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Surviving a close shave for guys

June 17, 2003|by Chris Copley

chrisc@herald-mail.com

Once upon a time, a boy's first shave was a big, big deal. The Romans felt beards were for barbarians; civilized men were cleanshaven. A Roman boy's first shave was also his first step into manhood. A priest held a ceremony for the occasion.

Shaving has come down in the world since then. It is no longer a mark of manhood. It's just something a guy's gotta do each day.

If he shaves at all, that is. Beards are no longer barbaric (although some do look awful), and it's not uncommon to see a guy with a sandpapery growth of three (or five or 10) days' beard on his face.

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Most guys shave at least some of their face. Even guys with goatees, mustaches and ticklers make their statement by keeping some beard and losing the rest.

But there's no respect for a guy learning how to shave. Generally, Tri-State barbers don't give shaves anymore; calls to a dozen barbershops in the Tri-State area yielded hang-ups, unreturned messages and one comment: "That's pretty much a thing of the past," from John Rebuck's barbershop in Greencastle, Pa.

Shaving is one of those things other guys just expect you to know how to do.

So how does a guy learn to get a good shave? Skip those fancy electric shavers. They're fast but not close.

For a truly close shave, say the experts, you don't have to use expensive razors and personal-care products. All you need is hot water in a sink, a simple razor (your dad's or brother's will be fine) and some soap or foam.

First, soften your beard.

Hair shafts are softer and easier to cut when they absorb some water. Heat helps the process. That's why shaving is more effective after showering.

But if you're not showering first, begin your shave by filling a sink with very warm to hot water. Wet a washcloth and hold it to your face for a minute or so. Repeat several times, until your face feels warm.

Second, lather your face.

It's cool, in a Victorian British kind of way, to work up some lather with a shaving brush and shaving soap in a dish. But a can of shaving cream or even a good bar of moisturizing soap can do the job, too. What you want is thick lather spread wherever you will apply the razor. And be generous - lather provides lubrication for the blade, protecting your face from nicks and razor burn.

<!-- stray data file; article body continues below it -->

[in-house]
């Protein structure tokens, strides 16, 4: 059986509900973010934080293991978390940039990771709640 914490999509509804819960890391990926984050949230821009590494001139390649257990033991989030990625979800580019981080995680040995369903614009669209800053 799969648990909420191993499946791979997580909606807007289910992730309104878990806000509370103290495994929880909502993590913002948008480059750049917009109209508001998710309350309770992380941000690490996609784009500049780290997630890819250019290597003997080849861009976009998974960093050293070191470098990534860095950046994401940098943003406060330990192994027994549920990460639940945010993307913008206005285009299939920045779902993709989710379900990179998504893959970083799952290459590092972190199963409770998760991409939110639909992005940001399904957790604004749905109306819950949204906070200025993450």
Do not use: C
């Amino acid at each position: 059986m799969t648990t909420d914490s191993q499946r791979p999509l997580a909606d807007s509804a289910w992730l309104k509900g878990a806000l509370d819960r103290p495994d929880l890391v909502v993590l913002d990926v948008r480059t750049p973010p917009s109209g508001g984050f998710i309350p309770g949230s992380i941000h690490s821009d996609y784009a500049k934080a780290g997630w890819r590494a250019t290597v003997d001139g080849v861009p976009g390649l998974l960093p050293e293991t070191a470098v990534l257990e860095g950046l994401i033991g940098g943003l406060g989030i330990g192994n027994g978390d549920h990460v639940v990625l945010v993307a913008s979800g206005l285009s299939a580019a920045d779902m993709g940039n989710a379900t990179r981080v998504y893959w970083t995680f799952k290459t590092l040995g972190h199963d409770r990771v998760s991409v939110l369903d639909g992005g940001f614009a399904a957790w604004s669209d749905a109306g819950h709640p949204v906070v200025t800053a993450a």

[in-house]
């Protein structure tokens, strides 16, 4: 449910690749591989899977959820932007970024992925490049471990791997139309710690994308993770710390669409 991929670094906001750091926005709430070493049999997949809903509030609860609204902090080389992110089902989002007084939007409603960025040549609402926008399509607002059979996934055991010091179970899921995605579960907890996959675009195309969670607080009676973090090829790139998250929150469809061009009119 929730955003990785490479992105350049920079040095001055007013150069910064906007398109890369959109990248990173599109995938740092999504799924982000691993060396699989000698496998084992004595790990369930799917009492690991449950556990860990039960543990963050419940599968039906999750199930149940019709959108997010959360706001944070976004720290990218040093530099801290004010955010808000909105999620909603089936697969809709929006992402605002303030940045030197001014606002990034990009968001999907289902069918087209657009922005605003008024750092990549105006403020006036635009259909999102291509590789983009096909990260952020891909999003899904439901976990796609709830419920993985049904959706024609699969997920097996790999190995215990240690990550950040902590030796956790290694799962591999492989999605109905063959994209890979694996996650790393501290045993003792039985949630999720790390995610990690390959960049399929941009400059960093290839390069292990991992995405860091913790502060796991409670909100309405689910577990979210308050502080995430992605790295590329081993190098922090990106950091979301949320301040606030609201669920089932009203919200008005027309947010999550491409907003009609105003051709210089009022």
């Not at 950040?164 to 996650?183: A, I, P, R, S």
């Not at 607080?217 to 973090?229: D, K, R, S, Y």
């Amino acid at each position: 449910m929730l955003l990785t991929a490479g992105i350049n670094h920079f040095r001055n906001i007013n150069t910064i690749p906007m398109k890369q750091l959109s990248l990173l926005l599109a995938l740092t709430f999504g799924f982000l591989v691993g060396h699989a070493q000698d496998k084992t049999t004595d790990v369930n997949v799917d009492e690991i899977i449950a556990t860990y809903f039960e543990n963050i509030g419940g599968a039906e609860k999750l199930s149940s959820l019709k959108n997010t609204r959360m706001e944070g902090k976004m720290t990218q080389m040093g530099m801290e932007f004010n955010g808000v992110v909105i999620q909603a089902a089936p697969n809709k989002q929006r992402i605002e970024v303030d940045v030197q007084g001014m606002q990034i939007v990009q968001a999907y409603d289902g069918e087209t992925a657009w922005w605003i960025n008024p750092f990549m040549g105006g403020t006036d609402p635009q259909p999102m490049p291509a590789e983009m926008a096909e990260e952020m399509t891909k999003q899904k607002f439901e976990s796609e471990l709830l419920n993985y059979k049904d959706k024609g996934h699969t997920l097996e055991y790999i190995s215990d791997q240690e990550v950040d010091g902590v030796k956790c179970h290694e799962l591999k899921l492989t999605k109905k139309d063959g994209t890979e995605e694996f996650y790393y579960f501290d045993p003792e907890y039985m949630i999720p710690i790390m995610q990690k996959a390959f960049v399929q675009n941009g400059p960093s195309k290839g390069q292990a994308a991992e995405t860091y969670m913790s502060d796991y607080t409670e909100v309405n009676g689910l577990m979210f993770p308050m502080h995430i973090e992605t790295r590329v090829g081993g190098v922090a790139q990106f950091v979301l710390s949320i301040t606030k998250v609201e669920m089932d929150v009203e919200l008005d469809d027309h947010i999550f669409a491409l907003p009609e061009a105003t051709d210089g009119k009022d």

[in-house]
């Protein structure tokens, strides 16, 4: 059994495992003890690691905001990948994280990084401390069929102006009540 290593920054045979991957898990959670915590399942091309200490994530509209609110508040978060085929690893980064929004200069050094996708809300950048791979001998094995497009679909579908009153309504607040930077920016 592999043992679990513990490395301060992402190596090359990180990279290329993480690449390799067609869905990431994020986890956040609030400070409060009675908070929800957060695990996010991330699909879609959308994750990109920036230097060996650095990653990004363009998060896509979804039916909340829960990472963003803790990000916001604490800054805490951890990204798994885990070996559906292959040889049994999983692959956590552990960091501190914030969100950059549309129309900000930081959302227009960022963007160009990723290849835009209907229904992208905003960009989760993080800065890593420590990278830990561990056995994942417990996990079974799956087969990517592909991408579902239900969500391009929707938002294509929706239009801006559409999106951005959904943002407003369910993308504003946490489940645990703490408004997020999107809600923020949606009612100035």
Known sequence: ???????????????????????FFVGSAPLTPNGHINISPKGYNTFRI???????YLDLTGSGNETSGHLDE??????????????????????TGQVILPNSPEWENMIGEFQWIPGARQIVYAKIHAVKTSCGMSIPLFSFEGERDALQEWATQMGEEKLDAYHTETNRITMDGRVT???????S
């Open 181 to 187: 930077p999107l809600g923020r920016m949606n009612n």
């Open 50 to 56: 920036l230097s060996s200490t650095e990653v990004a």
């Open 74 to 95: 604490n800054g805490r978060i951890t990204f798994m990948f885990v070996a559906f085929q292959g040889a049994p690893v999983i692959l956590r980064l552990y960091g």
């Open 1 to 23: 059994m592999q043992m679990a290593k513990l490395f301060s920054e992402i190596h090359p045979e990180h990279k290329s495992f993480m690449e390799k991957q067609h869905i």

Third, use a sharp blade.

Odd as it sounds, a dull blade will cut you quicker than a sharp blade. So, especially if you're new to the whole shaving thing, make sure you shave with a new blade.

Beard hairs, like head hairs, seldom grow straight out of the skin. They lean a certain direction. Most men shave in the direction in which their beard hairs grow, down from ears to chin and up from throat to chin.

Although TV commercials show men shaving with long, bold strokes, no one in the real world actually shaves that way. Shave with short strokes and rinse the blade frequently.

With your free hand, keep your skin stretched tight and flat. This helps prevent nicks and promotes a close shave.

For truly smooth skin, shave a second time in the opposite direction to the first. Lather up again and shave against the grain of your beard. This clips the beard hairs extremely close to the skin. The result? A face that's smooth and soft.

Fourth, clean up and moisturize.

Wipe lather off skin with a damp washcloth. Some men splash cold water onto their face to quickly close skin pores opened by hot water.

Lather and soap dry out skin. Apply a moisturizing aftershave to the areas you shave. Experts advise against alcohol-based aftershaves. Alcohol will further dry skin.

For more tips, see King of Shaves at www.shave.com and click on "Tips & Myths."

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